Having the confidence to go out there for real (in the wedding photography world)!
I'm in a bit of a moral dilemma.
I've photographed two weddings for friends in the past 18 months or so. The first went OK and the second went very well as a result of learning from my mistakes at the first. The clients of the second wedding were thrilled with my pictures, and even several APUG folk said the majority were very good photos (though one has to take into account pleasantries).
I used my Nikon F5, Fuji films and SB-800 flash.
I am very keen to publish a small advert in a local circular that gets posted in the houses in and around my area with the hope that I might get one or two "real" clients but not so many that I am unable to deal with it.
I am confident that I am creative, personable, approachable, professional, adaptable, courteous, thorough and I have a true belief in marriage myself. My business is already setup (accounts, website etc) and have a good mix of quality lenses but I don't do that much professional work.
What I am getting at is that I feel I could be a good wedding photographer, but I feel stupid to think that with two weddings under my belt and having never worked alongside a full time wedding photographer, I could actually do it "for real, with real clients". But then when I think about reasons as to why not, I don't actually come up with many, other than light extremes and rain, neither of which I have much experience of dealing with. But it worries me so much as to the consequences if I get it wrong.
I don't know what to do. Should I go for it, or should I not? Have any of you been in this position or did you all graduate from arts college and\or have experience as a second shooter before you went out on your own?
(PS - I have asked a couple of local photographers about assiting them, but I got either no reply or an indirect no).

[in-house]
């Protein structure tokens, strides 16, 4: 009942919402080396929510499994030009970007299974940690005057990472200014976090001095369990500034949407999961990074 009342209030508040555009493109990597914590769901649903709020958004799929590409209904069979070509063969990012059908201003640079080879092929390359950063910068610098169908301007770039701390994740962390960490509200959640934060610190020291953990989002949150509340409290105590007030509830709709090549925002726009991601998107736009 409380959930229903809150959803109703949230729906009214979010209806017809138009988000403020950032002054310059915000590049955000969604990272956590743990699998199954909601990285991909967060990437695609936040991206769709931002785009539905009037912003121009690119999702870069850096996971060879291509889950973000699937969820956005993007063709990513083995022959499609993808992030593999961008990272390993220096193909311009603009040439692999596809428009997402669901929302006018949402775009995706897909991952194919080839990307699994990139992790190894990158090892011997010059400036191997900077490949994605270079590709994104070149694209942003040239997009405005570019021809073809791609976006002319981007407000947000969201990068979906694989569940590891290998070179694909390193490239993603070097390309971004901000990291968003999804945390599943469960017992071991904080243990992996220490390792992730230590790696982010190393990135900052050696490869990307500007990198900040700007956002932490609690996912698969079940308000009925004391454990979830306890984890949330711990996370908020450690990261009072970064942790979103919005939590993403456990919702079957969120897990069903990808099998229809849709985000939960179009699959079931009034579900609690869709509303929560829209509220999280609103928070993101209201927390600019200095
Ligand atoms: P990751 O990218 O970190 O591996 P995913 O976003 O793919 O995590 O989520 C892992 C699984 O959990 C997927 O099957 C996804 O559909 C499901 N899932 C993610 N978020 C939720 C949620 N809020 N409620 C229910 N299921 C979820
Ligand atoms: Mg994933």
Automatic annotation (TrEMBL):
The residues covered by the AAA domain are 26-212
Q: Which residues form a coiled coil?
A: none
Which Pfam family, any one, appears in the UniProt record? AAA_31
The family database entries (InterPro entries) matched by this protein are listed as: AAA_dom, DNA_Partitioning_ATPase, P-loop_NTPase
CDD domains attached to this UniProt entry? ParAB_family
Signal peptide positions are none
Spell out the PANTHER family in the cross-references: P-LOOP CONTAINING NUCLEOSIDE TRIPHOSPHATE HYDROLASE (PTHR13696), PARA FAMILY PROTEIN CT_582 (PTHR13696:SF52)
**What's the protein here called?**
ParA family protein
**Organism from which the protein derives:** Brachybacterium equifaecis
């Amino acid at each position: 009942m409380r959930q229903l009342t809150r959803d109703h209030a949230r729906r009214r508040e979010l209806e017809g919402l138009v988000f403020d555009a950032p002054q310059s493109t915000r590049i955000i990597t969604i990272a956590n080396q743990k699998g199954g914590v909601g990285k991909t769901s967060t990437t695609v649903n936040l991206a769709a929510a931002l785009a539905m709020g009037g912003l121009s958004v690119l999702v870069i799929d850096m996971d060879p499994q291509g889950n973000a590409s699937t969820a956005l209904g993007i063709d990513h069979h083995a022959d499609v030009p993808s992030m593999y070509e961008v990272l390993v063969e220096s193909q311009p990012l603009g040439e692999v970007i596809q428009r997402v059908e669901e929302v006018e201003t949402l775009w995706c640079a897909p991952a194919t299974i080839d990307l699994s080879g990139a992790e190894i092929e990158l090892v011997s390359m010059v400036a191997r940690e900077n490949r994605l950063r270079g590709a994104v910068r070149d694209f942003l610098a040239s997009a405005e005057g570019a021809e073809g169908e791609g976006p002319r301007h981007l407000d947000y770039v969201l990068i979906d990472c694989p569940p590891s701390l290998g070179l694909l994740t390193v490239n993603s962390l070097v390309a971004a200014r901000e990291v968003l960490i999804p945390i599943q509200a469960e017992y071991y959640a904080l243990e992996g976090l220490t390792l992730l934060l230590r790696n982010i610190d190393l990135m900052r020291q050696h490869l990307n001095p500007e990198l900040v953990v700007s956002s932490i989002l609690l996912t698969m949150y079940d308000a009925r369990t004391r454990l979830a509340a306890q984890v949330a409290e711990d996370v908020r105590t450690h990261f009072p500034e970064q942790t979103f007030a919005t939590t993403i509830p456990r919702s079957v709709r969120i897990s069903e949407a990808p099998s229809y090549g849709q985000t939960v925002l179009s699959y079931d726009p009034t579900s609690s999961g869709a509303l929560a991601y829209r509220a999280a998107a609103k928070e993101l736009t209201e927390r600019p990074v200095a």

It's not that hard if you are a skilled and careful photographer AND are sociable. Be able to consistently and confidently make photos like you intended. Be able to herd a group of people for the group photos, or have a family member assigned to help you.
If you want to do it for money, you must not allow any situation that could result in excuses needing to be made. Have a second body, second flash, extra batteries, extra film, arrive early. Make photos that exceed the quality of every guest present in as many situations as necessary. Prove yourself and seek word of mouth referrals as your long term marketing.
I've done some weddings. Back in the '90's I'd shoot a wedding and give the film to the couple in exchange for $ and be done with it. When I got married, I hired a normal color photographer and hired a friend to do B&W. Lately, I've done a couple weddings with DSLRs. The last one, I did a nice MF B&W environmental portrait of the couple as a cherry on top.
I already have a real job, so I'm not desparate for money. I kinda like weddings but don't do them much for lack of time more than anything. Your local photographers don't want competition, that's why they didn't allow help. Lots of people with varying qualities of skills and preparation are "wedding photographers" and prices and results vary considerably, weakening expectations and prices. They know that and shudder at some of the people getting into that work. I've thought about offering being a second separeately hired photographer to do B&W film, sort of like how many couples hire a videographer as well as a photographers. THat would let me do mostly what I like best and not have the pressure to be the main photographer.
Last edited by jp498; 01-03-2011 at 03:15 PM. Click to view previous post history.
Here's my advice.
Just try one more wedding and see where you are after that.
There is a lot to consider when you want to throw your hat in the wedding ring- marketing/adverts, client relations, business organization, taxes, networking...et all possible points of worry and frustration on top of making the clients that you get happy.